Smallest Pet Snakes to Keep
Looking for a snake you can easily hold in your hands? Look no further.
Here are several of the smallest snakes that make good pets.
Benefits of smaller snakes
Why would someone be interested in the smallest pet snakes available?
The answer is pretty simple. Smaller snakes can often be easier (and less expensive) to care for. They don’t take up as much space, and that means you can put these small snakes in slightly smaller terrariums.
Smaller terrariums not only cost less than larger tanks, they are also easier to regulate temperature and humidity in.
And, of course, you don’t need as much or as large food for these smaller pet reptiles.
Antaresia pythons are among the smallest pythons, but not all members of the antaresia family make good pets. The spotted python, however, does. As the largest member of the antaresia genus, the spotted python still gets up to only four feet in length when full grown.
One of the more well-known members of this family of snakes is the children’s python.
Children’s pythons and spotted pythons are common in Australia, but they are less known as exotic pets in other areas. Ball pythons tend to be more popular, but the spotted python doesn’t get quite as large. It’s also easy to care for.
Kenyan sand boa
Kenyan sand boas are relatively inexpensive to get, and they are even smaller than spotted pythons, coming in between about one and a half and three feet in length.
These boas also have many morphs available, allowing you to select the aesthetic that appeals to you most in tiny snakes.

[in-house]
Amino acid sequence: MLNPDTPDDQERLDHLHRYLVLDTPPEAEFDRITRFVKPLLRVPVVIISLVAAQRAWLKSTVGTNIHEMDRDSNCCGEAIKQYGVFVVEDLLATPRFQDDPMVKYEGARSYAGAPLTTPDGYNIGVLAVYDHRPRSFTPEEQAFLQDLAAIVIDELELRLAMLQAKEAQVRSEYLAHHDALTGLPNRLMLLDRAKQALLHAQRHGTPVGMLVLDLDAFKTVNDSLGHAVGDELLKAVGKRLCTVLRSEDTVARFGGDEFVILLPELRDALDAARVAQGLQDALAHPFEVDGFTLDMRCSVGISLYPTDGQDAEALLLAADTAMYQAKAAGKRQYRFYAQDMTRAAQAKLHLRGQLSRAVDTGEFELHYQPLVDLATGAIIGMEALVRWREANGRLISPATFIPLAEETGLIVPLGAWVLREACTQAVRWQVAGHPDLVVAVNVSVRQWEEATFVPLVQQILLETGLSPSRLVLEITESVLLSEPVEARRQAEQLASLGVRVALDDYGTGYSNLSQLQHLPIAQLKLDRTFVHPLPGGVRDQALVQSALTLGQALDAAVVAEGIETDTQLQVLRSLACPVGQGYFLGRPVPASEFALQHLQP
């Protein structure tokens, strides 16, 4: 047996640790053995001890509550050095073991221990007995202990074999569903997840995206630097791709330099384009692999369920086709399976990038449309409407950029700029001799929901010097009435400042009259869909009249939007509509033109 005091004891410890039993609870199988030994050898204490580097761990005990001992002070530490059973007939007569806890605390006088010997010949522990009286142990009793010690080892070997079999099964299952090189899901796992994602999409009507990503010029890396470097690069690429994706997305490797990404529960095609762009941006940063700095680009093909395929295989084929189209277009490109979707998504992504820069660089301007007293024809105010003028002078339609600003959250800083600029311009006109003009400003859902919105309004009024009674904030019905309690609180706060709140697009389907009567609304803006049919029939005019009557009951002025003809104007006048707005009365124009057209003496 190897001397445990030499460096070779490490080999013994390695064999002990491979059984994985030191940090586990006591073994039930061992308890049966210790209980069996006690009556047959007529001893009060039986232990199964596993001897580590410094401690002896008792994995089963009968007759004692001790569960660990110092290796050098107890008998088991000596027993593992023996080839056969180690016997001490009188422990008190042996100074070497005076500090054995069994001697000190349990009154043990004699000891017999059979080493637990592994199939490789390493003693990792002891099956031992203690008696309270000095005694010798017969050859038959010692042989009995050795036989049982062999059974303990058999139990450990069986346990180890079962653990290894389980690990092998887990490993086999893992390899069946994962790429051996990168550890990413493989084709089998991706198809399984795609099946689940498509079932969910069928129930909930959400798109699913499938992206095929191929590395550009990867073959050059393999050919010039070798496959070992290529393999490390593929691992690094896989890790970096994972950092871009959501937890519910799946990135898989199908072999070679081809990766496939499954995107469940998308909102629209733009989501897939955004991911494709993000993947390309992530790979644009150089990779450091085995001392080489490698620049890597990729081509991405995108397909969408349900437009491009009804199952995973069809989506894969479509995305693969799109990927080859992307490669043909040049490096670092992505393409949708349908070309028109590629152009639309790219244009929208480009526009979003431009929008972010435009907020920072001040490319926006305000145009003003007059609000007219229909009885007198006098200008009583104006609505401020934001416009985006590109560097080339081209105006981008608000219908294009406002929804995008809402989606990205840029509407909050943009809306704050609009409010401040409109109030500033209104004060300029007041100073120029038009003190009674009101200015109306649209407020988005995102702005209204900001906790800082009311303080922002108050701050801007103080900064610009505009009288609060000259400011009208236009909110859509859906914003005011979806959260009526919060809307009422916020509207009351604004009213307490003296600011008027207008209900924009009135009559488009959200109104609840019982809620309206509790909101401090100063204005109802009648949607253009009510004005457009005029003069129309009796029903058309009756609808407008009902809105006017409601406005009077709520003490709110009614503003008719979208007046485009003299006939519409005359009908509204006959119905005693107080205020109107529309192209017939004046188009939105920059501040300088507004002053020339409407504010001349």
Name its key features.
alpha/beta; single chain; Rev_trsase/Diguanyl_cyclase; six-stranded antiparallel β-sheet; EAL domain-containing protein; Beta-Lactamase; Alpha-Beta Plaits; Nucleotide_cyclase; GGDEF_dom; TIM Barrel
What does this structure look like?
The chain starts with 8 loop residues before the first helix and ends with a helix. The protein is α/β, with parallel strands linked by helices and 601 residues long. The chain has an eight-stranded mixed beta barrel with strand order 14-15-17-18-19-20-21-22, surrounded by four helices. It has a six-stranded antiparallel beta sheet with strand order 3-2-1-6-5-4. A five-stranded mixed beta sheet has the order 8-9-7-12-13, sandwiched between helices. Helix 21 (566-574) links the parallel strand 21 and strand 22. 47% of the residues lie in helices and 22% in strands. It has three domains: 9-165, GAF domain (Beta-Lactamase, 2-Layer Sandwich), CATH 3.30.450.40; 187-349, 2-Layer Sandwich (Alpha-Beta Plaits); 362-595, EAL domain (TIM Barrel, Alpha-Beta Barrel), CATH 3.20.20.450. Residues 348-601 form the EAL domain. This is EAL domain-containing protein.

Speaking of appearances, one thing many people find endearing about the Kenyan sand boa is the cute-looking eyes positioned at the top of its head. One potential drawback of this species is that they do tend to spend most of their time buried in the sand, making it difficult to enjoy watching them in their enclosure.
That being said, they’re very easy to care for and tend to be easy to handle.
African egg eating snakes are quite unique pets. Not only are they somewhat small (about two to two and a half feet long), they also don’t have any teeth. That means that even though they may try to bite you, these snakes can’t really do any harm to you with their mouths.
As their name implies, African egg eating snakes only eat whole, raw eggs. The type of egg you feed your snake depends on the size. Typically, they will need a smaller egg, like finch or quail.
It’s pretty interesting to watch these snakes eat because they will use vertebrae projections in the back of their mouths to crunch up the egg shell, suck out the inside of the egg, and then spit out the egg shell. The hardest thing about keeping these snakes is finding a ready supply of the appropriate eggs for feeding them.
Of course, there are other small snakes available to purchase as pets—some even smaller than these—but the ones on this list are some of the best for all levels of exotic pet keeper.
Come into The Tye-Dyed Iguana in Fairview Heights to see our selection of small snakes.